You can’t do anything today without seeing labels around GMO, non-GMO, etc. But what exactly does it mean when a plant is genetically modified (GM)? Knowing what GMOs are, and why they are used, is key to making the best decisions when feeding your family.
When thinking about GMOs, it pays to remember that scientists are focused on finding ways to help farmers manage the many challenges of producing food — from pests and disease to drought and erosion. Scientists rely on many old and new techniques to develop the best seeds for farmers. The GMO process is just one of many techniques that can be used, along with others, to create specific seed products for farmers.
According to the World Health Organization, genetically modified organisms (GMOs) are organisms in which the genetic material (i.e., DNA) has been altered in a way that does not occur naturally by mating and/or natural recombination. Genetic modification allows selected individual genes to be transferred from one organism into another. In the case of food, crop seed can be genetically modified, which results in genetically modified food.
What the heck does that mean? In short, GM is a process in which scientists transfer beneficial traits from one plant to another to achieve the desired improvement. When scientists find a trait that could be beneficial, they make a copy of the desired gene and put it in the plant’s DNA.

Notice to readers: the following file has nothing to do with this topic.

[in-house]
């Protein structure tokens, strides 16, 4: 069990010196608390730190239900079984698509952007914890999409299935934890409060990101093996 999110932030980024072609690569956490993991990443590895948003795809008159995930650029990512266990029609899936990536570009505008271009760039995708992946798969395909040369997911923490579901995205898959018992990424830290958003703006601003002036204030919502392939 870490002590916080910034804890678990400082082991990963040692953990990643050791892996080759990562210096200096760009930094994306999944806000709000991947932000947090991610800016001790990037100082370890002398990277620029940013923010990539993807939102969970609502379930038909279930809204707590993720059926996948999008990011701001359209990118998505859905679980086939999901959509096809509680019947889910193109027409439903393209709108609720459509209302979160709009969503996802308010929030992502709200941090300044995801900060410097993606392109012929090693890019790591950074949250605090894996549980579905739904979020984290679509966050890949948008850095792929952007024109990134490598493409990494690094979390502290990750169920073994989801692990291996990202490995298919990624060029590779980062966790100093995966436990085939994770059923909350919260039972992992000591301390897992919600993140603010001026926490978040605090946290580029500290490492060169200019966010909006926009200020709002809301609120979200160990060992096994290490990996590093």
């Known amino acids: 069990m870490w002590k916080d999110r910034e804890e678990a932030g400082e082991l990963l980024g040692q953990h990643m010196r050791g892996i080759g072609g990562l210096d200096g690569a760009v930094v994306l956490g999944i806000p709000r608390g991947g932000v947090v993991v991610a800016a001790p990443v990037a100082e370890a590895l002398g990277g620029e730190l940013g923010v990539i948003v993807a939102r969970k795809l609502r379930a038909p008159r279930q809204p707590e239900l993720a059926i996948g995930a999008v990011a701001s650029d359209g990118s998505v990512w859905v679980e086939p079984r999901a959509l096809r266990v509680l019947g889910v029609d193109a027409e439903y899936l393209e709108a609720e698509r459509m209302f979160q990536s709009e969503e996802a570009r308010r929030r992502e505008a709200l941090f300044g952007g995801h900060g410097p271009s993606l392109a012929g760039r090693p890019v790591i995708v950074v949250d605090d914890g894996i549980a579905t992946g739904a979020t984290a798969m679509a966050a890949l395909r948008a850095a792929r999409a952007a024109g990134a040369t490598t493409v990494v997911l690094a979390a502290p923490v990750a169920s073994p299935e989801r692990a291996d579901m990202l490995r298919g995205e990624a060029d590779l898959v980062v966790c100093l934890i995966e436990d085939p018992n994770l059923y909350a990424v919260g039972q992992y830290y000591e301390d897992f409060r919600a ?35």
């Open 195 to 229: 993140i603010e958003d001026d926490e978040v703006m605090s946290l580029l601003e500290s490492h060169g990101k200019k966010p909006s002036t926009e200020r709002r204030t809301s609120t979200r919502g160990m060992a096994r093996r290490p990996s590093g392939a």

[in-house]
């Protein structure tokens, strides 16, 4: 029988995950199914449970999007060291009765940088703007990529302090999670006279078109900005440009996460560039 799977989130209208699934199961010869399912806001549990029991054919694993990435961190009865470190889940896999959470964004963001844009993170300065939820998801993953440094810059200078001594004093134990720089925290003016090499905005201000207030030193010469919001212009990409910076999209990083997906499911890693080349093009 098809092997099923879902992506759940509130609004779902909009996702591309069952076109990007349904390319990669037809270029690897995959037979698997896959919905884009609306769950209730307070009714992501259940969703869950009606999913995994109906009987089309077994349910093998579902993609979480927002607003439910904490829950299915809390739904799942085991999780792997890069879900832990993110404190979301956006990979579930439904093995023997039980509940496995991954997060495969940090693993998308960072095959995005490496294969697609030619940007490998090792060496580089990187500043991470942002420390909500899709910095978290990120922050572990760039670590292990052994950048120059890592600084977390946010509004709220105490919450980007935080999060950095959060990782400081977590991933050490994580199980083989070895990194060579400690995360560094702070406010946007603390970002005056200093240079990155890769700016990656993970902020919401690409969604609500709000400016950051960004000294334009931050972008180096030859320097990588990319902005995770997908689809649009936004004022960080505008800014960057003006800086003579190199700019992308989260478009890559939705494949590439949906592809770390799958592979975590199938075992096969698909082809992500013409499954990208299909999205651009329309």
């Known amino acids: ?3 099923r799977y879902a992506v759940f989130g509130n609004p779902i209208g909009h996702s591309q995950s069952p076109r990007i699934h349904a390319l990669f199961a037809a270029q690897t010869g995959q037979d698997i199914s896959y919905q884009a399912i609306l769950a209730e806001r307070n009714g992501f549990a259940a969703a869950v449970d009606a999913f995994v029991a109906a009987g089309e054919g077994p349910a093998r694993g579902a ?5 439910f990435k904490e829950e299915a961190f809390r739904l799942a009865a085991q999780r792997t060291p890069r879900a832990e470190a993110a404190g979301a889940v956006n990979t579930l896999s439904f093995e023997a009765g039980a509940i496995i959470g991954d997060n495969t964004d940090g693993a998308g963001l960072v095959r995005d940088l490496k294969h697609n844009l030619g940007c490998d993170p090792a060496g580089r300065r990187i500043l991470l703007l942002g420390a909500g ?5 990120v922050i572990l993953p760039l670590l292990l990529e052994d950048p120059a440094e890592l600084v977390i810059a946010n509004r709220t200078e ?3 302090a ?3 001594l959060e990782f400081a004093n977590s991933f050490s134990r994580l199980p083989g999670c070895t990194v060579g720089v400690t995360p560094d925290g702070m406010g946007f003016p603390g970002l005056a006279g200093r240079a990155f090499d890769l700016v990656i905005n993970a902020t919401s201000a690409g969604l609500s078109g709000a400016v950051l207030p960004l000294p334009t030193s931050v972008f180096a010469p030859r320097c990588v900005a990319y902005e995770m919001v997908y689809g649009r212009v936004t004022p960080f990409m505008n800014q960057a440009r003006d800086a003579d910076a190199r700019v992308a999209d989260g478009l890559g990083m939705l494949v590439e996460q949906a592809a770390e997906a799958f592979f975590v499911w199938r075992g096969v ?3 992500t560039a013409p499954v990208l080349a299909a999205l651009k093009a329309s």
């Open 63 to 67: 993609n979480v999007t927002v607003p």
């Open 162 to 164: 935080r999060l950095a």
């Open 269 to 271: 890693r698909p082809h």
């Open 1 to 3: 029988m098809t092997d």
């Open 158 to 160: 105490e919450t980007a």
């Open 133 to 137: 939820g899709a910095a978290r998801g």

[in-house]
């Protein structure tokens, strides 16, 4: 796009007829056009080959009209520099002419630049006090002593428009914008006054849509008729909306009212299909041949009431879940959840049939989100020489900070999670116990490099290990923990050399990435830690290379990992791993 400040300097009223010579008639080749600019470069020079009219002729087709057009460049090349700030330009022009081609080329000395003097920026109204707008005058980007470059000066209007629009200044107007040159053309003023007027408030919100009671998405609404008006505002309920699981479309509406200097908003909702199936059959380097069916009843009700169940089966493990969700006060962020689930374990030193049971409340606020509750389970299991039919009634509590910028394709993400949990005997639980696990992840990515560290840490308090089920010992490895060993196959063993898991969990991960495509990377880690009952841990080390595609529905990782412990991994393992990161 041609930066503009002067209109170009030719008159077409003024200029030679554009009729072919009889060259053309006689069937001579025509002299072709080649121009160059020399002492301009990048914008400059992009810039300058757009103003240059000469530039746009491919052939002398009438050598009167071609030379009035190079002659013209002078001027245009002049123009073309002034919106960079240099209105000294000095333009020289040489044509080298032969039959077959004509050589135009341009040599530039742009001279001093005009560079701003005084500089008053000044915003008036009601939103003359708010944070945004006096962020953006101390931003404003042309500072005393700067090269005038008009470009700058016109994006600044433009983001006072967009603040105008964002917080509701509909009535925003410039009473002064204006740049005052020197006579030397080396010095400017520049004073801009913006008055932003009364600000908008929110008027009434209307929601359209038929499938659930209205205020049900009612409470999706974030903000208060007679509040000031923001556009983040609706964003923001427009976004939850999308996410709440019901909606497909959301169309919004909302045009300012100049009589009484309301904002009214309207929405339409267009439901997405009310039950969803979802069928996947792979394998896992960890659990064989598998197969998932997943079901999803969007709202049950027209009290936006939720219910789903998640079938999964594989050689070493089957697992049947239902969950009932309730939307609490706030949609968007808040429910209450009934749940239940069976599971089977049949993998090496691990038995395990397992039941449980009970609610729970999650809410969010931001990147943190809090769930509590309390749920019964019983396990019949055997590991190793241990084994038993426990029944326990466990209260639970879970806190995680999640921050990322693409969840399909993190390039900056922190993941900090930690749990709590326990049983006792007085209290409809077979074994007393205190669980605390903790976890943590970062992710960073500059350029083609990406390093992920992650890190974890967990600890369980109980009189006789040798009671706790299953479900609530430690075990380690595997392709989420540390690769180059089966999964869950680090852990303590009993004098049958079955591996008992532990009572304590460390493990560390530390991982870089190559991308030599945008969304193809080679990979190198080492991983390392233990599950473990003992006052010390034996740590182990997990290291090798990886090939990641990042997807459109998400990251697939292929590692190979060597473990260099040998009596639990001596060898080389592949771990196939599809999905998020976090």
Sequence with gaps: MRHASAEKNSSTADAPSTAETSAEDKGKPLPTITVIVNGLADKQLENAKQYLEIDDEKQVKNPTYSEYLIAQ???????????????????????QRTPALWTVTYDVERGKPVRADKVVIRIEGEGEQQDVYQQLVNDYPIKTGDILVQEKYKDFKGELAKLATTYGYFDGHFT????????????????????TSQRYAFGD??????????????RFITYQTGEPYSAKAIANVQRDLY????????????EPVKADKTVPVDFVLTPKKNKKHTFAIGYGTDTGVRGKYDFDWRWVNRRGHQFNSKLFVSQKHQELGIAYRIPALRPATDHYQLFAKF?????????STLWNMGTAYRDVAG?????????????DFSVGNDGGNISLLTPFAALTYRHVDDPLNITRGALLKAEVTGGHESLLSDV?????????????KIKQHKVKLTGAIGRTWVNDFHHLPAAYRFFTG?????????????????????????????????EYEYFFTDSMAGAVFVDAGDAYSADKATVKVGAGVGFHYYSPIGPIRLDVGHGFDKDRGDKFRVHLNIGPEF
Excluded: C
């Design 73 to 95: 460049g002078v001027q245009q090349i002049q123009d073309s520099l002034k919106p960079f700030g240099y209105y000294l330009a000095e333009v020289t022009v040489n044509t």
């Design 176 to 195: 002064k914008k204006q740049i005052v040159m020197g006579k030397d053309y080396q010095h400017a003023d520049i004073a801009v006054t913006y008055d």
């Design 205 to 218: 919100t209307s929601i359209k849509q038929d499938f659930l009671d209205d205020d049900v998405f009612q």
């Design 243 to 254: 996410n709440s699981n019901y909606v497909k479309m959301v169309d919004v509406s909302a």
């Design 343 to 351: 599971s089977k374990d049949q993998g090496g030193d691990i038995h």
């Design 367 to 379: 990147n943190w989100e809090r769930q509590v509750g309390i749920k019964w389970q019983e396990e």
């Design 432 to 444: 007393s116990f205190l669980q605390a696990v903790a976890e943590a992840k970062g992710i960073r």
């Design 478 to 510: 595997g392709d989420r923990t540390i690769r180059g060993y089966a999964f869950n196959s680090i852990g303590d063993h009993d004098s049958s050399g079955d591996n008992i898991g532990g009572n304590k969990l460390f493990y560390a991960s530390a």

1. Environmental stewardship:
2. Plant health:
Environmental stewardship and plant health are key in farmers producing more food with fewer resources. For example, below is a diagram that represents corn yield vs. population in the Unites States in 1975 vs. 2018.
|U.S. Population||U.S. Average Corn Yield|
75 bushels per acre
175 bushels per acre
Though the statistics above are from the United States alone, our U.S. farmers help feed the world. According to the U.S. Farm Bureau Federation, one U.S. farm feeds 166 people annually in the United States and abroad. The global population is expected to increase by 2.2 billion by 2050, which means the world’s farmers will have to grow about 70% more food than what is now produced.
And here’s the thing: The population is growing, but resources are not. The amount of land and water are not increasing, yet farmers are tasked with producing enough food and fiber to meet the needs of a growing world, with the same, or fewer, amount of resources.
GM food is a hot topic, and there’s more information and questions than I can cover here. As with all topics, I recommend doing your research and not just using friends’ recommendations to make the best decision for your family.
Below are some resources that I have found helpful when trying to learn more about GM food and making the best decision when purchasing food for my family.